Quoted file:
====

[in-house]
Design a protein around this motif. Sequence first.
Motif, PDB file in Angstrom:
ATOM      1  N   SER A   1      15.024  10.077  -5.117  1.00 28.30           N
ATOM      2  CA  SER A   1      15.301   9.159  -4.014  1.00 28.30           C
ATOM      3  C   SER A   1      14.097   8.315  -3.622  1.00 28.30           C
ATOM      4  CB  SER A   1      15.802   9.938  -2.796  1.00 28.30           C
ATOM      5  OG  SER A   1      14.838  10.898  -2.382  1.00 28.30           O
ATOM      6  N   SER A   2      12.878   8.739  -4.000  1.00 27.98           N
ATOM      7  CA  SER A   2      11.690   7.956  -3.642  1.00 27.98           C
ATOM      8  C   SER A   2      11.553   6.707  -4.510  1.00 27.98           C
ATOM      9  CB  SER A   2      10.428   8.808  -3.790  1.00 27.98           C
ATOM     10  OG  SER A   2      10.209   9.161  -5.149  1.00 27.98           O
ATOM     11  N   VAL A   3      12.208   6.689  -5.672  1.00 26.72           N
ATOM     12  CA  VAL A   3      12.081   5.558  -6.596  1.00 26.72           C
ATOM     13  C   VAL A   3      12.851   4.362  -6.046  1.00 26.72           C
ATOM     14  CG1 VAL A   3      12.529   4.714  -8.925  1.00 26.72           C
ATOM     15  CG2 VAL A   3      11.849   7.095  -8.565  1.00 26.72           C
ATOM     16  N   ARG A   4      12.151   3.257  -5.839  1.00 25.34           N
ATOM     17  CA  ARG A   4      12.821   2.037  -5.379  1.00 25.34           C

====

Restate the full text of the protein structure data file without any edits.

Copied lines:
[in-house]
Design a protein around this motif. Sequence first.
Motif, PDB file in Angstrom:
ATOM      1  N   SER A   1      15.024  10.077  -5.117  1.00 28.30           N
ATOM      2  CA  SER A   1      15.301   9.159  -4.014  1.00 28.30           C
ATOM      3  C   SER A   1      14.097   8.315  -3.622  1.00 28.30           C
ATOM      4  CB  SER A   1      15.802   9.938  -2.796  1.00 28.30           C
ATOM      5  OG  SER A   1      14.838  10.898  -2.382  1.00 28.30           O
ATOM      6  N   SER A   2      12.878   8.739  -4.000  1.00 27.98           N
ATOM      7  CA  SER A   2      11.690   7.956  -3.642  1.00 27.98           C
ATOM      8  C   SER A   2      11.553   6.707  -4.510  1.00 27.98           C
ATOM      9  CB  SER A   2      10.428   8.808  -3.790  1.00 27.98           C
ATOM     10  OG  SER A   2      10.209   9.161  -5.149  1.00 27.98           O
ATOM     11  N   VAL A   3      12.208   6.689  -5.672  1.00 26.72           N
ATOM     12  CA  VAL A   3      12.081   5.558  -6.596  1.00 26.72           C
ATOM     13  C   VAL A   3      12.851   4.362  -6.046  1.00 26.72           C
ATOM     14  CG1 VAL A   3      12.529   4.714  -8.925  1.00 26.72           C
ATOM     15  CG2 VAL A   3      11.849   7.095  -8.565  1.00 26.72           C
ATOM     16  N   ARG A   4      12.151   3.257  -5.839  1.00 25.34           N
ATOM     17  CA  ARG A   4      12.821   2.037  -5.379  1.00 25.34           C